East Devon

2015 Result:
Conservative: 25401 (46.4%)
Labour: 5591 (10.2%)
Lib Dem: 3715 (6.8%)
UKIP: 6870 (12.6%)
Independent: 13140 (24%)
MAJORITY: 12261 (22.4%)

Category: Very safe Conservative seat

Geography: South West, Devon.

Main population centres:



Current MP
HUGO SWIRE (Conservative) Born 1959, London. Educated at Eton and St Andrews University. Former army officer and director of Sotheby`s. Contested Greenock and Inverclyde 1997. First elected as MP for East Devon in 2001. Shadow culture secretary 2005-2007. Minister of State for Northern Ireland 2010-2012. Minister of State at the Foreign Office since 2012.
Past Results
Con: 25662 (48%)
Lab: 5721 (11%)
LDem: 16548 (31%)
UKIP: 4346 (8%)
Oth: 815 (2%)
MAJ: 9114 (17%)
Con: 23075 (47%)
Lab: 7598 (15%)
LDem: 15139 (31%)
UKIP: 3035 (6%)
Oth: 400 (1%)
MAJ: 7936 (16%)
Con: 22681 (47%)
Lab: 7974 (17%)
LDem: 14486 (30%)
UKIP: 2696 (6%)
MAJ: 8195 (17%)
Con: 22797 (43%)
Lab: 9292 (18%)
LDem: 15308 (29%)
Oth: 1953 (4%)
MAJ: 7489 (14%)

*There were boundary changes after 2005

2015 Candidates
HUGO SWIRE (Conservative) See above.
STUART MOLE (Liberal Democrat) Educated at St Johns School, Leatherhead and Nottingham University. Writer, researcher and former diplomat. Contested Chelmsford F1974, O1974, 1979, 1983, 1987 for the Liberal party.
ANDREW CHAPMAN (UKIP) Born 1947, Wolverhampton. Educated at Denstone College and Goldsmiths College. Retired accountant. Surrey councillor 1985-1989 for the Liberal party.
CLAIRE WRIGHT (Independent)
Comments - 197 Responses on “Devon East”
  1. Goodness me, he’s a veteran all right. Seems strange to come back after all this time for an unwinnable seat after coming so close to being elected in Chelmsford in 1983.

  2. Not a safe seat any more but a marginal thanks to the independent candidate (and probably helped by Swire’s bizarre benefits comments).

  3. Clare Wright is very popular locally, has worked hard as a Councillor for 5 years & brings an alternative to the Tory cabal in Devon County Council by representing the people.

  4. The Independent here is now the most likely to win Ind in GB (or the UK after Sylvia Hermon).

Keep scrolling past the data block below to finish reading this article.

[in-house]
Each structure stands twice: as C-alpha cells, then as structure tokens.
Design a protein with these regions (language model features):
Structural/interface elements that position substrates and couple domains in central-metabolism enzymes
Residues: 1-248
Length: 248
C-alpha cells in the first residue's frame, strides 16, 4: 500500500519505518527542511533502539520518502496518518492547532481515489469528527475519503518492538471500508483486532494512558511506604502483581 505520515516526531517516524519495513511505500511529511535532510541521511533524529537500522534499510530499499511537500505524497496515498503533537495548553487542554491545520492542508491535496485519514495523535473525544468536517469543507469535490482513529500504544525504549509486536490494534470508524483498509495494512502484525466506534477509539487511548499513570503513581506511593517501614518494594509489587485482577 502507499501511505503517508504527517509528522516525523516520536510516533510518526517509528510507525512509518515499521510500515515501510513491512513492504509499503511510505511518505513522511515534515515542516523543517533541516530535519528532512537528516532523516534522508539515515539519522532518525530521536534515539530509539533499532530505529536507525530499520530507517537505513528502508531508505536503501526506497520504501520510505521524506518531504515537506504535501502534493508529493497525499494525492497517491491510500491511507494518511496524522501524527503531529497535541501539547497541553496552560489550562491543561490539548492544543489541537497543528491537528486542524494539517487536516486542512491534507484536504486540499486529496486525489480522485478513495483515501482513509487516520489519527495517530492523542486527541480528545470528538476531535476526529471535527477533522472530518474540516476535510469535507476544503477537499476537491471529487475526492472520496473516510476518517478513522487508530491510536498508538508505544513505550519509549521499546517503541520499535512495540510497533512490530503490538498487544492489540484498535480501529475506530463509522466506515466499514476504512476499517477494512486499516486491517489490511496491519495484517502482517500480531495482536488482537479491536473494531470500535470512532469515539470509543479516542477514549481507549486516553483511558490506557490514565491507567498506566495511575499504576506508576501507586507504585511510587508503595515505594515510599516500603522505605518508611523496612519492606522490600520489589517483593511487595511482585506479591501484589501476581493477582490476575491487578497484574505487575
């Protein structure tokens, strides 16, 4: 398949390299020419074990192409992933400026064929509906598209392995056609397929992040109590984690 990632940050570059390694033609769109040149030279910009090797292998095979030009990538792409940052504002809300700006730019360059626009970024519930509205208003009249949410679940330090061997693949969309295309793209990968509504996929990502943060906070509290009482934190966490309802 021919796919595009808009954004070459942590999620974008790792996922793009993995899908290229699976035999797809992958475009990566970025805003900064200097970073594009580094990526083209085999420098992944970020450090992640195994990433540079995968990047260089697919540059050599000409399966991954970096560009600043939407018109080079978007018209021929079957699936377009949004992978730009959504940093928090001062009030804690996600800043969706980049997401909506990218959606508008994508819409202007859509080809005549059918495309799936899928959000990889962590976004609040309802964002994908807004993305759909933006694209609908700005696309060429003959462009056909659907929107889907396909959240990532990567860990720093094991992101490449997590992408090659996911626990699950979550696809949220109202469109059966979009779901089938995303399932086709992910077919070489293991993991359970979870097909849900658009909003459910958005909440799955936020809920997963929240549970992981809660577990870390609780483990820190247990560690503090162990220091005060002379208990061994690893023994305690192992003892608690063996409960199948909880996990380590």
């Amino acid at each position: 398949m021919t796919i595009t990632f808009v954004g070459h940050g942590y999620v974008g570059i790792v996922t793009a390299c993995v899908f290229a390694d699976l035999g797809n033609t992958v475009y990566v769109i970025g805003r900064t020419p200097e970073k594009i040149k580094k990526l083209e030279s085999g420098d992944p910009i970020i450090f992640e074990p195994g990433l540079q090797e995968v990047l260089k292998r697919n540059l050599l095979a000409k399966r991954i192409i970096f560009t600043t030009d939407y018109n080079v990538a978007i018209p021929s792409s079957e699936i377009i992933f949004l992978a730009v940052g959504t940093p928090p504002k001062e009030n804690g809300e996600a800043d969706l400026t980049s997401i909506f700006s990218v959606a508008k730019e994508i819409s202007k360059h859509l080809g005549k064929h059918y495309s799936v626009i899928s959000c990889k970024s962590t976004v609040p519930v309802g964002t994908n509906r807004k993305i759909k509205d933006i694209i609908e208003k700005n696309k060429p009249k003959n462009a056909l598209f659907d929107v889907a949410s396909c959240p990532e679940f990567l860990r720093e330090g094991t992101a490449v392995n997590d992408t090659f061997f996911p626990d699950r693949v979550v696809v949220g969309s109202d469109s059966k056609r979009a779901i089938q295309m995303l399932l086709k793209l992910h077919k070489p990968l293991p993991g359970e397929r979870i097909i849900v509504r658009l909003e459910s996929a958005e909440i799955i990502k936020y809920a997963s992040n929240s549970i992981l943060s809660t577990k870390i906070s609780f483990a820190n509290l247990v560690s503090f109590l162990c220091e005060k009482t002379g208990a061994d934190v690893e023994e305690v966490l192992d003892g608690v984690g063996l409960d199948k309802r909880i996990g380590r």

Her odds have shortened from a 33/1 outsider into just 5/1.

    The East Devon Watch site has a lot of the information and the East Devon Alliance (Ind Cllrs group) are backing here.

    She is apparently a parish, district and county councillor and the most popular County Cllr in the country.

    Hugo Swire was also caught joking about people on benefits at an auction at a Tory Ball. He then visited a food bank to attempt to rectify the matter but again made comments that claimants should learn how to cook and provide for themselves (presumably oblivious to the fact that they had no cash and that’s why they were given vouchers to attend a food bank).

    He should hold in this safe seat, but he seems rattled according to local reporters.

  5. Plenty of people will agree with him in this kind of area.

    The idea that East Devon or Richmond are at risk from independents is simply ludicrous. Lancs, you will know more than most how these things can spawn out of nothing more than lazy journalism.

  6. True, but she’s taken over from Steve Radford as the most popular Cllr in England so like he did in 1997, she should at least hold her deposit and may also come 2nd.

    This is an area where hustings still take place and at the 6 so far (with 200 at each), she received the most applause. From what I’ve read it’s the Tory Council who are hated most, but multi millionaire Swire hasn’t aided his chances.

  7. Conservative Hold. 15,000 maj.

  8. Swire held, but the Ind polled over 13,000 votes here.

  9. So Swire increased his majority despite his own vote share decreasing, but the local Independent attracted a considerable amount of support to easily take second place from nowhere?!

  10. This must rank as one of UKIP’s most disappointing results. They only polled 12.5%, just beating Labour on 10.2%. It was the sort of place where they might have hoped for as much as 30% at one time. But it’s evidence that there was a very heavy swing back to the Tories amongst this type of electorate when the prospect of an SNP/Labour coalition was thought to be a possibility.

  11. Interestingly the west country ‘anti-everyone’ vote that in previous elections largely coalesced around the Lib Dems seems to have gone for the independent here.

  12. Before the 2015 election is lost from memory, can people explain why Claire Wright stood her and also why she did so well? Is Claire Wright or another Indpendent running on a similar platform likely to run in 2020?

  13. I know a big part of her campaign was opposition to relaxed local planning rules and the threat of over-development.

  14. She is a district and county cllr. Going by her web page quite left wing (holding anti-tax avoidance demos and so forth) though the public’s mind works in funny ways so voters that aren’t very left-wing might be willing to support a left-winger standing as an Indy. I assume she mainly inherited the LD vote with little churn in this seat otherwise. Getting 24% as an Indy that isn’t a defector or a celebrity candidate of some sort is no mean feat – she must have run a very effective campaign.

  15. Tim Dumper has stood here several times for the Lib Dems (including 2010 IIRC) and used to be a regular poster here….if he’s still reading the site perhaps he could give some insight into the excellent performance of the independent candidate here.

  16. Andy JS – not in this seat. The Tory vote and % fell.

    Although I realise the anti vote went to the Independent rather than the UKIP PPC.

    JS – I don’t think she’s left wing; but, I haven’t met her.